There are a lot of ways to get from Mandalay to Bagan. Bus, trains, boats. Our hotel (the Emperor Hotel) encouraged us to take one of the fast(er), more expensive tourists boats. We pushed them for info on the public ferry and after a short phone call, they confirmed that it was indeed leaving the next morning and the price was 18,000 kyat each.
Early Morning wakeup
We woke at 3:20am to catch the taxi to the ferry. The taxi, arranged by our hotel was 8,000 kyat, expensive as it was so early in the morning. Our driver was nice and walked us down to show us where to buy tickets.
After buying the tickets we boarded and found a seat on one of the plastic chairs for tourists. We surveyed the scene: 8 other tourists seated on both sides of the boat on plastic chairs. The locals were mostly sleeping under layers of blankets or talking quietly, waiting for the ferry to depart.
I immediately found the tea stand on board and bought some tea. Ladies balancing baskets of food on their heads boarded and we bought some sticky rice and fried dough for breakfast. We were soon feeling pretty comfortable.
The Ferry departs mandalay
The boats horn blew and we slowly drifted off. The sun rose as we made our way past Mandalay.
The stupas glowed on the hillside with the first light of the day. The tourist cameras clicked and the locals began to wake up.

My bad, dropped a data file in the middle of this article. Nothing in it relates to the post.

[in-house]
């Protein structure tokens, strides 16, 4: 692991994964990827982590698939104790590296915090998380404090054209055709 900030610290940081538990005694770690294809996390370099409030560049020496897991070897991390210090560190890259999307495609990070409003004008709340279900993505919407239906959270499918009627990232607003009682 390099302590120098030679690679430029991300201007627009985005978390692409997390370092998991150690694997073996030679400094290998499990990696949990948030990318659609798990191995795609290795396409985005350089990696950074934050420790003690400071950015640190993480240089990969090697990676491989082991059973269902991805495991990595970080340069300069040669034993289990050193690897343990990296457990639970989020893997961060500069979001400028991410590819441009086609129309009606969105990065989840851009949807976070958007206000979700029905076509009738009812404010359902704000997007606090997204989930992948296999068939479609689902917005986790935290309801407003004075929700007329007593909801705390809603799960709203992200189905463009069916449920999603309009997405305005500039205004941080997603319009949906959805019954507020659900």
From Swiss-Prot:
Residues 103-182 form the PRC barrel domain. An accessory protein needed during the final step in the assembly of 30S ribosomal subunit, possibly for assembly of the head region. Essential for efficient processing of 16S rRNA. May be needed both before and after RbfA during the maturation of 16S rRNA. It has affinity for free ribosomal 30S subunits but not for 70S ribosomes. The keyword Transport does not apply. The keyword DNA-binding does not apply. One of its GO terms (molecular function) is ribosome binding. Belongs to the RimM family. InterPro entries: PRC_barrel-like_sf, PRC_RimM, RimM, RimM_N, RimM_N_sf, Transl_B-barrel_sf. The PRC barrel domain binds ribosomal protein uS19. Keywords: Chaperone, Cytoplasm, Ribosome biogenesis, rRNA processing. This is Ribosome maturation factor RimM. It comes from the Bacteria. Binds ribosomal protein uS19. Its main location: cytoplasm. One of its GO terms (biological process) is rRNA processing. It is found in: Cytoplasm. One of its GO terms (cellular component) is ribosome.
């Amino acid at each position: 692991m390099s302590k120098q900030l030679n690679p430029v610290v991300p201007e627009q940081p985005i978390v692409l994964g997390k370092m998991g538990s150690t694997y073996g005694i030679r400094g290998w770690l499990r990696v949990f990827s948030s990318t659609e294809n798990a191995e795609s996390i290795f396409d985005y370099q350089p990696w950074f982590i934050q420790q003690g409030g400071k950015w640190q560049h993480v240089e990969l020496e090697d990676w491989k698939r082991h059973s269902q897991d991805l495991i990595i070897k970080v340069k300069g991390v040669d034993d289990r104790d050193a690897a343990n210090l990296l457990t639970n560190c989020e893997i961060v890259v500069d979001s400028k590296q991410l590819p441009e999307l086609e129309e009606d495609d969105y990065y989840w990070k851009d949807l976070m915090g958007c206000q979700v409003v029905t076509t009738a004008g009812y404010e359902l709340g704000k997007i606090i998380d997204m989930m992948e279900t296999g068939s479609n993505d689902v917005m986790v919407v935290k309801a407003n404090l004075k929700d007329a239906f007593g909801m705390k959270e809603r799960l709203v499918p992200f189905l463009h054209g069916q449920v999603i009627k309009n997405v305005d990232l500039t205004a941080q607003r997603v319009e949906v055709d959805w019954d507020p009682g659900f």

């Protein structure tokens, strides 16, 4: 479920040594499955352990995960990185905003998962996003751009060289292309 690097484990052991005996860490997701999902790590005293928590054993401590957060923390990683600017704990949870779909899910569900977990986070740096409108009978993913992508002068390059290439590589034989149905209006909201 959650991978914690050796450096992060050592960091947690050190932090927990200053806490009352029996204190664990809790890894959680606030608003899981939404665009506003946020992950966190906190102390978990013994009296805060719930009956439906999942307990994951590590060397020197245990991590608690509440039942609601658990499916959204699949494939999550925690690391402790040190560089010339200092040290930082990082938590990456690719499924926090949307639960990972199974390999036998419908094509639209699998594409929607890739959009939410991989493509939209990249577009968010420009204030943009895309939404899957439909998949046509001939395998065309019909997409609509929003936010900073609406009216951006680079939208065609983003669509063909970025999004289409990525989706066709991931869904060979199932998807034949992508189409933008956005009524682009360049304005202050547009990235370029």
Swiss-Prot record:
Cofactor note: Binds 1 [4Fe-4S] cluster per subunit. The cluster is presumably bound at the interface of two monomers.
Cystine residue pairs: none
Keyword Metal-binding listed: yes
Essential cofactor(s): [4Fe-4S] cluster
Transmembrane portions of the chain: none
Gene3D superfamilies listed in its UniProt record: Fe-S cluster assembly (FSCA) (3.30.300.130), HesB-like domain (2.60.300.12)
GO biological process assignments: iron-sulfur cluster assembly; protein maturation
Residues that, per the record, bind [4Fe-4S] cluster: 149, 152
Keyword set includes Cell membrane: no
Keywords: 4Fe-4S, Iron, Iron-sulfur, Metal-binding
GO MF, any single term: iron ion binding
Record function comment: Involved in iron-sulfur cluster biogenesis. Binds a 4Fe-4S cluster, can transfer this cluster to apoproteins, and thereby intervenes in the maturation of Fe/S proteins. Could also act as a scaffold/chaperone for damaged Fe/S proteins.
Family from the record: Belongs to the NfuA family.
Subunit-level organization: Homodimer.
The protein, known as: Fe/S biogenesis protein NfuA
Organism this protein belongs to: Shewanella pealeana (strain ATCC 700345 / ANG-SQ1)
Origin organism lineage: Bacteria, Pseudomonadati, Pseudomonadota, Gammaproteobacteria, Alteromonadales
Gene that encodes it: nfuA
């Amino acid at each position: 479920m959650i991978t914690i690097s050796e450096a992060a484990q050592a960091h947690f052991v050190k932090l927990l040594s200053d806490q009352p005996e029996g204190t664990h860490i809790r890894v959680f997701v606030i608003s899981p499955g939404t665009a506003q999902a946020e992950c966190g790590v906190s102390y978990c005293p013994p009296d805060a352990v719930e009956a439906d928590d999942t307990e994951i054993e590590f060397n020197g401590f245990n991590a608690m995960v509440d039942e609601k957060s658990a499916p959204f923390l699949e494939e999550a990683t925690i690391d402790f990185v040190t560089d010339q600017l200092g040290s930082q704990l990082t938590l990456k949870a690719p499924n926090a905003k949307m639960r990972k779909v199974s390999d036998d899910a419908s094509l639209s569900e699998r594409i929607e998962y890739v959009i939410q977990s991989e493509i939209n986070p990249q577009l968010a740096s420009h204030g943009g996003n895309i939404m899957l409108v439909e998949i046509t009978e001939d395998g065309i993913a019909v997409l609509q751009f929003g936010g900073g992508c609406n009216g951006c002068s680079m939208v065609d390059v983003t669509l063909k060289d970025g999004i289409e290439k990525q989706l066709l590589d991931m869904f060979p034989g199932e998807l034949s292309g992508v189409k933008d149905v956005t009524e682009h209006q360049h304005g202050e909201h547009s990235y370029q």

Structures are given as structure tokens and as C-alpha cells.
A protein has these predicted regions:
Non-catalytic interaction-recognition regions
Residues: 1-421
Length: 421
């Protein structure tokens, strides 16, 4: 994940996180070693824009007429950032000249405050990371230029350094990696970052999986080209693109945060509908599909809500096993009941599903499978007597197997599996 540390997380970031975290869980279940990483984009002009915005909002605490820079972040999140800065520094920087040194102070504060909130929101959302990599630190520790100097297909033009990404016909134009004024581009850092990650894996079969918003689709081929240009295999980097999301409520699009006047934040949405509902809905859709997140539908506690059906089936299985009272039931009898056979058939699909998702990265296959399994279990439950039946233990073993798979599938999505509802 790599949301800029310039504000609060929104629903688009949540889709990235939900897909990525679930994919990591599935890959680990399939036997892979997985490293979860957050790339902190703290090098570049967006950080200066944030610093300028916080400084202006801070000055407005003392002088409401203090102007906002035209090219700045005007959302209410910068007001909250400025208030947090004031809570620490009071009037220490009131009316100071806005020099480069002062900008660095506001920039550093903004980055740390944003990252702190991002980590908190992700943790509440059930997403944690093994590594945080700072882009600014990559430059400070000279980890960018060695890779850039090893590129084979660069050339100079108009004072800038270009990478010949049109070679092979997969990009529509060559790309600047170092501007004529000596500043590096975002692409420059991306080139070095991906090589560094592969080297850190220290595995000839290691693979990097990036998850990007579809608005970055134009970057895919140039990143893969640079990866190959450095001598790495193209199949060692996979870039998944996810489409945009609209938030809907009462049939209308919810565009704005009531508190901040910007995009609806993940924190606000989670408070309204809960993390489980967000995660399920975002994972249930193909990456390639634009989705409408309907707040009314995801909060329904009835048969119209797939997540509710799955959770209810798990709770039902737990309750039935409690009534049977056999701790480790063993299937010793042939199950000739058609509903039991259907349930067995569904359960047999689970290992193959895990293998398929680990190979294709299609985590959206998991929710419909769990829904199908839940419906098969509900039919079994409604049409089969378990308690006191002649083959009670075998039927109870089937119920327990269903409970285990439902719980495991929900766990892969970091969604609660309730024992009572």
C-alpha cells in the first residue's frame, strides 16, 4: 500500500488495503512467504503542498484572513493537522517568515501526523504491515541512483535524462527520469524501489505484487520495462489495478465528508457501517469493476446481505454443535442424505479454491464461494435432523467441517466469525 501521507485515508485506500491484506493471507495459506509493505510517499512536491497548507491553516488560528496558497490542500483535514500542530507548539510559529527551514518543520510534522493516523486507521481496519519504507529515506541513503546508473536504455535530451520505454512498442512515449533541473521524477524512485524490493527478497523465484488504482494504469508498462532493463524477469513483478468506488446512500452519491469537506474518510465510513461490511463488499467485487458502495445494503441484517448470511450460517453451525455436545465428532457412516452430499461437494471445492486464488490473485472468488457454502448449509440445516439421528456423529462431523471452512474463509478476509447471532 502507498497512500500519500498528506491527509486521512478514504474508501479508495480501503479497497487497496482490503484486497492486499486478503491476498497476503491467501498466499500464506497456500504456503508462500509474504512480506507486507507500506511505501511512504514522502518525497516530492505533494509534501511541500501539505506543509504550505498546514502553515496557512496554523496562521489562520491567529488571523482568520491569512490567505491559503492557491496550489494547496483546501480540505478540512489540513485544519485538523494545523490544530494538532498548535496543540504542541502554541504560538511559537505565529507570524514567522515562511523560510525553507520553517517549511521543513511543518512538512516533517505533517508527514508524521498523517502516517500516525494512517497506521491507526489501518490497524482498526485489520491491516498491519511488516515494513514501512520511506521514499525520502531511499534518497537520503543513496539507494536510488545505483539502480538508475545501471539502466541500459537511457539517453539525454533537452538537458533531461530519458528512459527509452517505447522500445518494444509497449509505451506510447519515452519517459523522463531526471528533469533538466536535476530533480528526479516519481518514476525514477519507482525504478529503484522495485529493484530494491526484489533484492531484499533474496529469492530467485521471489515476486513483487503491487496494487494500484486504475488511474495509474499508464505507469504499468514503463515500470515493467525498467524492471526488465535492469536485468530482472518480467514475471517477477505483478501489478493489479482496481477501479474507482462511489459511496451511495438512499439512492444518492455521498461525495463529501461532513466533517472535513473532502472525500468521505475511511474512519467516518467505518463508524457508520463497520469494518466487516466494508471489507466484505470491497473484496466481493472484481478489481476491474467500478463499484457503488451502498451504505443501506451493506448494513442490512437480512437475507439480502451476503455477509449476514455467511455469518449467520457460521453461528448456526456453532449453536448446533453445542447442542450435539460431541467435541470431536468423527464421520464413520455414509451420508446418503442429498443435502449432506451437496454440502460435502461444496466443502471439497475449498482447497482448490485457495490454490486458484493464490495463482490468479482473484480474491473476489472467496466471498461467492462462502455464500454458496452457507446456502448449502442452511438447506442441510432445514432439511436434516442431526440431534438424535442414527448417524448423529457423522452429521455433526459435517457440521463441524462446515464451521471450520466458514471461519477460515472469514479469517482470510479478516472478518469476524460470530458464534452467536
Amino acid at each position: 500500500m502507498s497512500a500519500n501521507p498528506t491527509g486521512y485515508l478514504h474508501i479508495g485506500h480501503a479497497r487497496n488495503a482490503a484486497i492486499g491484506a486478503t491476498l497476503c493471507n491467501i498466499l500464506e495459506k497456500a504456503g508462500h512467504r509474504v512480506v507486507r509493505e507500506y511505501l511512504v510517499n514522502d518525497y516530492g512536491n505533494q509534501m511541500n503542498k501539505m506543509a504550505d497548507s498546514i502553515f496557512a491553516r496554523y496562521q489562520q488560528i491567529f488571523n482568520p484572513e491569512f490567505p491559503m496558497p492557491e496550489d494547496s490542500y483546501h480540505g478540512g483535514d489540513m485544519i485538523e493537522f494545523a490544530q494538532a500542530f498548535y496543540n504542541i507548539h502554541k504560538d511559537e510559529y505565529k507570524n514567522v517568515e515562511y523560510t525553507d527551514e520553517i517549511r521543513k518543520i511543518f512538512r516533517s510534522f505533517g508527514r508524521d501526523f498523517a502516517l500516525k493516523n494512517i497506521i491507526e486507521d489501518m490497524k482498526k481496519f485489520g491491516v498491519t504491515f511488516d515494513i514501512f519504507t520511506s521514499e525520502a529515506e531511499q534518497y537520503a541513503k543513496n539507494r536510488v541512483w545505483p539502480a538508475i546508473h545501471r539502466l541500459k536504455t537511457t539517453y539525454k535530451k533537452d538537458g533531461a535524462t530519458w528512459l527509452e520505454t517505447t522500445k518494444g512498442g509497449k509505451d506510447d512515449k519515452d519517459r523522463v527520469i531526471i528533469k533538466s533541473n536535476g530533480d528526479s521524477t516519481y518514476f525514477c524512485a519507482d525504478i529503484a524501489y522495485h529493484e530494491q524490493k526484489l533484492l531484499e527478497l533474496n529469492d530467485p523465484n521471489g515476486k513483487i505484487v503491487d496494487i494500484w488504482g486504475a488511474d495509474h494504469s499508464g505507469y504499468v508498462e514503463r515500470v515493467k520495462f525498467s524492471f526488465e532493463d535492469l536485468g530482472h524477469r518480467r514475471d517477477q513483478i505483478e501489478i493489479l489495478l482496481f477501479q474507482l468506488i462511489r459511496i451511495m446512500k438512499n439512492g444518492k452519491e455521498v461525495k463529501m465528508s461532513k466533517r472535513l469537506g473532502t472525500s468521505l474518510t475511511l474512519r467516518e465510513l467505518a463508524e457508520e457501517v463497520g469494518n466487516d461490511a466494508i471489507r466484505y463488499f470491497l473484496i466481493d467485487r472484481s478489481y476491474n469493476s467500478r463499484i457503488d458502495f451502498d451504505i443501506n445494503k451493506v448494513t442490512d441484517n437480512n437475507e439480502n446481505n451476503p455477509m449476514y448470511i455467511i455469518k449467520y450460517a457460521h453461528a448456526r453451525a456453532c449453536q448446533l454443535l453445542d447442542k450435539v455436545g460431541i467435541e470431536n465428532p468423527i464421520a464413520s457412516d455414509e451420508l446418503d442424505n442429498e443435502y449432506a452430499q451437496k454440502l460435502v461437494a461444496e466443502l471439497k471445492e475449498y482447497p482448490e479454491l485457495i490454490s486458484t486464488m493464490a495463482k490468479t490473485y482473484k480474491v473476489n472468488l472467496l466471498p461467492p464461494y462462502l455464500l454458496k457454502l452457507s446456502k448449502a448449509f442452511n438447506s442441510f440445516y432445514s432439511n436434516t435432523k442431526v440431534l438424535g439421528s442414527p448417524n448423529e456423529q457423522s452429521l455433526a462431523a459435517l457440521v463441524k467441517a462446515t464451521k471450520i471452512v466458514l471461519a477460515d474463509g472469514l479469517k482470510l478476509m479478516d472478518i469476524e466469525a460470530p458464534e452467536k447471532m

A lot of tea was drank by the two of us. We also bought some more snacks sold by vendors who would board when the boat stopped.
The ferry stopped at about a dozen villages on the journey to Bagan. At each stop we would watch the commotion as people boarded and un-boarded, carrying supplies and newly bought items from the city to their little riverside villages.
We read and slept a little. We quietly observed the locals and watched the country drift by.
A small room in the front of the boat was empty and had a couple of platforms to lie down. The upstairs (secret) bathroom was also in this room.
Passengers would get off and on and at the end there were more tourists then locals on board.
Low water problems
Only 3 hours outside of Bagan, our boat got stuck in a shallow spot on the river. For over an hour we watched as they tried to maneuver the ferry out. A smaller boat came and was used to push against the side while we put it in reverse at full throttle.
They would use a long stick to poke at the water to see how deep each side was. I began to imagine having to sleep on the deck that night and I’ve heard that it happens. A few of the French tourists bought beers and followed their example. So we drank beer while we watched them try to get us out. Big clouds of exhaust would engulf the poor guy on the small boat.
Finally we seemed to move. Everyone cheered as the boat inched backward. The sun was setting and we were moving again.
Arriving in Bagan
I soon fell asleep in the front room. When I awoke we were in Bagan. The journey took us 15 or 16 hours. We saw the sun rise and set from the deck. We had drank over 10 cups of tea each. It was a great trip but we were definitely ready to get to dry land.
A group of taxi drivers met us. We thought we could walk but ended up paying 5,000 for the two of us, which was worth it as it was farther to our hotel then it looked on the map. They stopped at the tourist ticket building on the way and we paid the required $25.00 ticket fee to enter Bagan.
A late dinner. A shower. Tomorrow we would begin to explore the ruins that Bagan is famous for.